The other day, I had a call from my relationship banker across the pond.
Now, I have no idea why I have a relationship banker. I’m far, far away from meeting the definition of an ultra-high-net-worth individual, for whom such niceties are usually reserved.
I’ll take it as far as to say I am reasonably confident I will never meet that definition.
I’m also pretty sure my bank knows that as well.
Still, they must have decided that I’ll be more receptive to suggestions that come from a “dedicated relationship banker” than Call Centre Joe.
In any event, the chap called me with a suggestion that related to the very first property I’ve ever bought. It’s currently worth about $570k and has a $410k mortgage on it.
His bright idea?
Refinance the mortgage to 80% LTV, allowing me to take $46k off the table. Presumably to buy more real estate, or simply spend the cash.
It was a short conversation, not least because of the $10k break fee on my existing mortgage (I suppose intended to cover the costs of a long-distance call).
More broadly, I don’t like pushing leverage to the hilt and the existing mortgage is giving me the right level of tax shield. Thus, I politely declined and hung up.
What I did end up doing, however, is running the latest math on how that first investment, all the way back in 2010, had ended up working out for me.
Cash Is King
It was a straightforward exercise, with my cash outflows and inflows summarized below:
*Denotes cash shortfall (rental income less mortgage and other expenses)
Plug the numbers into a spreadsheet and a simple XIRR formula spits out the annual return of 19.0%.
Definitely not up there with Bitcoin and GME.
Equally reasonably ahead of the magic money machine and its exceptional ~14% return over the past decade:
A Matter Of Definitions
I once read an article on real estate investing that introduced the concept of “infinite returns”.
To be candid, that catchy title was the very reason I read the article in the first place.
I mean, who doesn’t want to generate infinite returns? Answer: even people who know they don’t exist.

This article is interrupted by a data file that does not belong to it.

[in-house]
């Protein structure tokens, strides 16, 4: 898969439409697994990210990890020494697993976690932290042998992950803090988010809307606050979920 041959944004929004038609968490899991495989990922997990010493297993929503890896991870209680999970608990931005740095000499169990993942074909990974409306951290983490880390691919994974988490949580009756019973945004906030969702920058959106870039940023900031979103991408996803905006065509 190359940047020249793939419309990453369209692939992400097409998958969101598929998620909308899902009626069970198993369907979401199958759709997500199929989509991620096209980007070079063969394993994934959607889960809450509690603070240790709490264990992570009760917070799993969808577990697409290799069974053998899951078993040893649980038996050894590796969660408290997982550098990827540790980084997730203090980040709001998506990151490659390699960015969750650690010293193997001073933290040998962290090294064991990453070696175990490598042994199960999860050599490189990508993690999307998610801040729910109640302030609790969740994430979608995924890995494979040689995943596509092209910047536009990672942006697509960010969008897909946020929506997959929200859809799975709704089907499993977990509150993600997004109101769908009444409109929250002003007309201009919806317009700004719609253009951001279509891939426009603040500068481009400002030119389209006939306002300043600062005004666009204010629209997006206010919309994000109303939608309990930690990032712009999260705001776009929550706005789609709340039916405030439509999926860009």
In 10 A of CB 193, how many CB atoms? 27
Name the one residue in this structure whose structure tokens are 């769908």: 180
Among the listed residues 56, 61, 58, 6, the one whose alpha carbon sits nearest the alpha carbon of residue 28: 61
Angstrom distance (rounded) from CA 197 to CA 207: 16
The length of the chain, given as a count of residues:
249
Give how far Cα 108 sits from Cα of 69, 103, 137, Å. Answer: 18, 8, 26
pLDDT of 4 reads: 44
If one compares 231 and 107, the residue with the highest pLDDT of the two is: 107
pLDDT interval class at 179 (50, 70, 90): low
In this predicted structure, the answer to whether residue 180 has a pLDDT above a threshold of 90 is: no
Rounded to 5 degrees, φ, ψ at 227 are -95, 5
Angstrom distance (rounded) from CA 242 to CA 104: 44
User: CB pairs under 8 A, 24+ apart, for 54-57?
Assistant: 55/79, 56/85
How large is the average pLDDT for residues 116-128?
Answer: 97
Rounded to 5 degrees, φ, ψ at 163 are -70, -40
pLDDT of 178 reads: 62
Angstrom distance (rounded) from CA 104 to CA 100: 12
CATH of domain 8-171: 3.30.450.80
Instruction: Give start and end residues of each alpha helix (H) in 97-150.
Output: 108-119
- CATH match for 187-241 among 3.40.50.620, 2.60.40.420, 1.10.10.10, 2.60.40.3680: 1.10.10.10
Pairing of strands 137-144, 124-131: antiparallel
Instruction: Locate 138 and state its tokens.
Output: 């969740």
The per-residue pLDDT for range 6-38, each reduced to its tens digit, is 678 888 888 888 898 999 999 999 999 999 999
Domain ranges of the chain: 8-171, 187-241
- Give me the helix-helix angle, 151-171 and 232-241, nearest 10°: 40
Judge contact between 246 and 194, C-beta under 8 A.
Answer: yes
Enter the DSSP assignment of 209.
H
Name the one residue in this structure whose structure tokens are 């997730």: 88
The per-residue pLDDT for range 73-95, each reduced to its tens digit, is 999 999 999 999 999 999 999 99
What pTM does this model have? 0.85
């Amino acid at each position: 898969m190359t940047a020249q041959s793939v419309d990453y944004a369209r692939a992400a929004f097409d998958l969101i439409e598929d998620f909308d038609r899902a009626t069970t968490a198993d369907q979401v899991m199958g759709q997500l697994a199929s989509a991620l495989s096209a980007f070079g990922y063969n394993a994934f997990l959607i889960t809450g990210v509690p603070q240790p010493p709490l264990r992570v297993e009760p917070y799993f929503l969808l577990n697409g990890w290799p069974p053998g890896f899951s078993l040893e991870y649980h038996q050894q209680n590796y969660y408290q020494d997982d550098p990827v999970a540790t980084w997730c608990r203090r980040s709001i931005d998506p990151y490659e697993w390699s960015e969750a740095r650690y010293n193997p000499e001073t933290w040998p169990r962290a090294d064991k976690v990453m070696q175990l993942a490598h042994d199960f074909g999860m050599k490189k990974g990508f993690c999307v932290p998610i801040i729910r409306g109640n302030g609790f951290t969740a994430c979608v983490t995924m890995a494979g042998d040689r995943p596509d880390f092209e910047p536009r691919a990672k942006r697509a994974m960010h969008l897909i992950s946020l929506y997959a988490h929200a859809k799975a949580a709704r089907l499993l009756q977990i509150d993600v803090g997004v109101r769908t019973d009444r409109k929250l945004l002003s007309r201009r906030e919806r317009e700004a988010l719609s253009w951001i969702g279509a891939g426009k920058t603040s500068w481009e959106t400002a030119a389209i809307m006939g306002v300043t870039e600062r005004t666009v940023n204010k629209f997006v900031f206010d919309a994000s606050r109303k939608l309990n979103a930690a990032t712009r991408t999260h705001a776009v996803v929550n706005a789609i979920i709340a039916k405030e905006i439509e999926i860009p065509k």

Anyhow, the writer came up with a very nifty definition of such returns.
He claimed that as soon as you’ve taken your down payment off the table (either via cash flows or a mortgage refinance), your initial investment is equal to zero.
Correspondingly, all future gains don’t require any initial capital – hence the infinite returns.
Catchy and creative. At the same time, wildly inaccurate.
By this logic, anyone who doubles their investment can claim to have reached this infinite return territory.
Having dismissed that appealing concept, I asked myself a different question:
What were the key drivers of the 19% return above? And given I’m currently in the market for yet another property, how can I replicate that investing success?
Clearly, price appreciation had something to do with it.
Over the past 11 years, the property value had increased from $339k to $570k.
A 68% total increase. On an annualized basis, around 4.8%.
Certainly healthy, and well ahead of inflation. In line with the price rises in London over the past decade.
At the same time, far below the growth in the noughties, which created hundreds of thousands of property millionaires from scratch.
Most importantly, the price growth is in line with the growth in rents. In other words, the P/E ratio of this property has not moved.
Wait a minute, you’ll say. But what if you hadn’t gotten so damn lucky?
What if rents and house prices only went up in line with inflation, let’s say 3%?
Thankfully, I’ve got my trustworthy spreadsheet to answer that question.
The property would have been worth just $469k as of today, about $100k less than it does.